About Diabetic Eye Disease

What is Diabetic Eye Disease?

Diabetic eye disease refers to a group of eye problems that people with diabetes may face as a complication of this disease. All can cause severe vision loss or even blindness.

Diabetic eye disease may include:

Diabetic Retinopathy - damage to the blood vessels in the retina.

Cataract(s) - clouding of the eye's lens(es).

Glaucoma - increase in the fluid pressure inside the eye that leads to optic nerve damage and loss of vision.

Cataracts and glaucoma also affect many people who do not have diabetes.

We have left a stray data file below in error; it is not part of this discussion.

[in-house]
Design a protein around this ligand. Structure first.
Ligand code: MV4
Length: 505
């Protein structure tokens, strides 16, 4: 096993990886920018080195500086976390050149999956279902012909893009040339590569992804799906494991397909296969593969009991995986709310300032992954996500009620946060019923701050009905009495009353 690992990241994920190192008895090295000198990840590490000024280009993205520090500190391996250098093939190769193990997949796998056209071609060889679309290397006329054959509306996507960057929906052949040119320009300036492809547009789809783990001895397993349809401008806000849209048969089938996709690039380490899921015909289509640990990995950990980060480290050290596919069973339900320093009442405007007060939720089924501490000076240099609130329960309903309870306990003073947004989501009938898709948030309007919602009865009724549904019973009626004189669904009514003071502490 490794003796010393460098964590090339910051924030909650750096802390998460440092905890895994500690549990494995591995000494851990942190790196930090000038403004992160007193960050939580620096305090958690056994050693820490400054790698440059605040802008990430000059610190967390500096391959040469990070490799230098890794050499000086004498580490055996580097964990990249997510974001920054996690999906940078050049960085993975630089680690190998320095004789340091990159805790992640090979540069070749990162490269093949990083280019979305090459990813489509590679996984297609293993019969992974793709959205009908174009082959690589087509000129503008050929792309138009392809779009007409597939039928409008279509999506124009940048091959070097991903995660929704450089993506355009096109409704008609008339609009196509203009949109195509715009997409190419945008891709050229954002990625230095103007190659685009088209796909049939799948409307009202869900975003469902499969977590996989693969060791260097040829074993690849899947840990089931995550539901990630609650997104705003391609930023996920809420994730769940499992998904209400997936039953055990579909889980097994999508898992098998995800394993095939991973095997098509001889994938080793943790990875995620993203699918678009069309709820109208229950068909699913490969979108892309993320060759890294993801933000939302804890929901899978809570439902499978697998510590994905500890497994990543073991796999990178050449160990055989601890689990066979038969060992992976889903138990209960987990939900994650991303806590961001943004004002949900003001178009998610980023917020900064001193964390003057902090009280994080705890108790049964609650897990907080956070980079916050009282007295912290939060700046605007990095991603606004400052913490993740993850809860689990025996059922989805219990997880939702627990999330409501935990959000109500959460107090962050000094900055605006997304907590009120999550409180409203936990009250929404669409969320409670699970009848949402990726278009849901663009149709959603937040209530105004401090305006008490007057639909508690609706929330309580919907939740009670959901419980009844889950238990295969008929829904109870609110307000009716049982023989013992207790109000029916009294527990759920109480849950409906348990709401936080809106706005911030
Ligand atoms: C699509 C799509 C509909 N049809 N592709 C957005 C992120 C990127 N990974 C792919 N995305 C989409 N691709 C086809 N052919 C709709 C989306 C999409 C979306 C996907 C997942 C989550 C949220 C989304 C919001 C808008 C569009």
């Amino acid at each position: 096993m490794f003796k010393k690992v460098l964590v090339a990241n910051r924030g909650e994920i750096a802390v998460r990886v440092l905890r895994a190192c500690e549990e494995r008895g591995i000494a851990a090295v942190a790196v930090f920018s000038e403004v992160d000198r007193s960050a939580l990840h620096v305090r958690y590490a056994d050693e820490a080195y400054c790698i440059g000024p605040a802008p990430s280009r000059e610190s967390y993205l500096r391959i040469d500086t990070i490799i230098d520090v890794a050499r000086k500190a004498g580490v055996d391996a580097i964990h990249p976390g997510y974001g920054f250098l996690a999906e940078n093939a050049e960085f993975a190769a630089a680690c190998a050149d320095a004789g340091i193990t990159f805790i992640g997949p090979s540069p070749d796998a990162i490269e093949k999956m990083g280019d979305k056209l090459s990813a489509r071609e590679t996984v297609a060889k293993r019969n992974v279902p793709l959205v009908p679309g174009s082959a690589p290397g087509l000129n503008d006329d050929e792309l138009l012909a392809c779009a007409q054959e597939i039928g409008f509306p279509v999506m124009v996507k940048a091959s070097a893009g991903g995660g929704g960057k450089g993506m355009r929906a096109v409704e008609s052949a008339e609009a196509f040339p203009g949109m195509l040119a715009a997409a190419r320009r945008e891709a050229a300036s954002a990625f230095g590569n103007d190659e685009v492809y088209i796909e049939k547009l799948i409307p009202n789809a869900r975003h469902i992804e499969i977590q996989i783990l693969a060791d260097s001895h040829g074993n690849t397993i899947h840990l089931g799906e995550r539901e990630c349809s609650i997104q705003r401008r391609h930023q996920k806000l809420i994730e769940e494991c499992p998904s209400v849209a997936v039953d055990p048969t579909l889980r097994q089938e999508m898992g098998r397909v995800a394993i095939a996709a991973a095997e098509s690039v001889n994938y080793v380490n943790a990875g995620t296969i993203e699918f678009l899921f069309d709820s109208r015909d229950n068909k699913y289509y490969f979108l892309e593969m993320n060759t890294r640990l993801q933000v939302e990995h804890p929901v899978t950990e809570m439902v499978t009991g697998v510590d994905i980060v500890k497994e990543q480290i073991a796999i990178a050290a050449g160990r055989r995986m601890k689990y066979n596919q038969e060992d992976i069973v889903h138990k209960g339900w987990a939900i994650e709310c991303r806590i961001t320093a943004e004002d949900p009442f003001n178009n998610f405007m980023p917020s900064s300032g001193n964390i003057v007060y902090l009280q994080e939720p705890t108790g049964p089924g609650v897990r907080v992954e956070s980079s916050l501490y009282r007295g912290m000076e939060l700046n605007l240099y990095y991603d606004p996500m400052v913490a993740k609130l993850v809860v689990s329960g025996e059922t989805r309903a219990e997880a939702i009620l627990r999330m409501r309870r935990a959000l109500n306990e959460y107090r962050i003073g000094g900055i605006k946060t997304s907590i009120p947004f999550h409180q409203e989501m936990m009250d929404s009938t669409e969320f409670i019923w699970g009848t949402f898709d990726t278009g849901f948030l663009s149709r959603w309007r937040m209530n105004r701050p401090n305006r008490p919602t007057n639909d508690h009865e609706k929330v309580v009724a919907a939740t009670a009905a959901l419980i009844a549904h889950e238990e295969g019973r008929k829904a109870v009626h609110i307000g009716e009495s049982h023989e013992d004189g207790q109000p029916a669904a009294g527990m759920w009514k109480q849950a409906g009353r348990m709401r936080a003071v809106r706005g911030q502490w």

What is the most common diabetic eye disease?

Diabetic Retinopathy. This disease is a leading cause of blindness in American adults. It is caused by changes in the blood vessels of the retina. In some people with diabetic retinopathy, retinal blood vessels may swell and leak fluid. In other people, abnormal new blood vessels grow on the surface of the retina. These changes may result in vision loss or blindness.

Who is most likely to get diabetic retinopathy?

Anyone with diabetes. The longer someone has diabetes, the more likely he or she will get diabetic retinopathy. Nearly half of all people with diabetes will develop some degree of diabetic retinopathy.

You can download a copy of this sheet, here.

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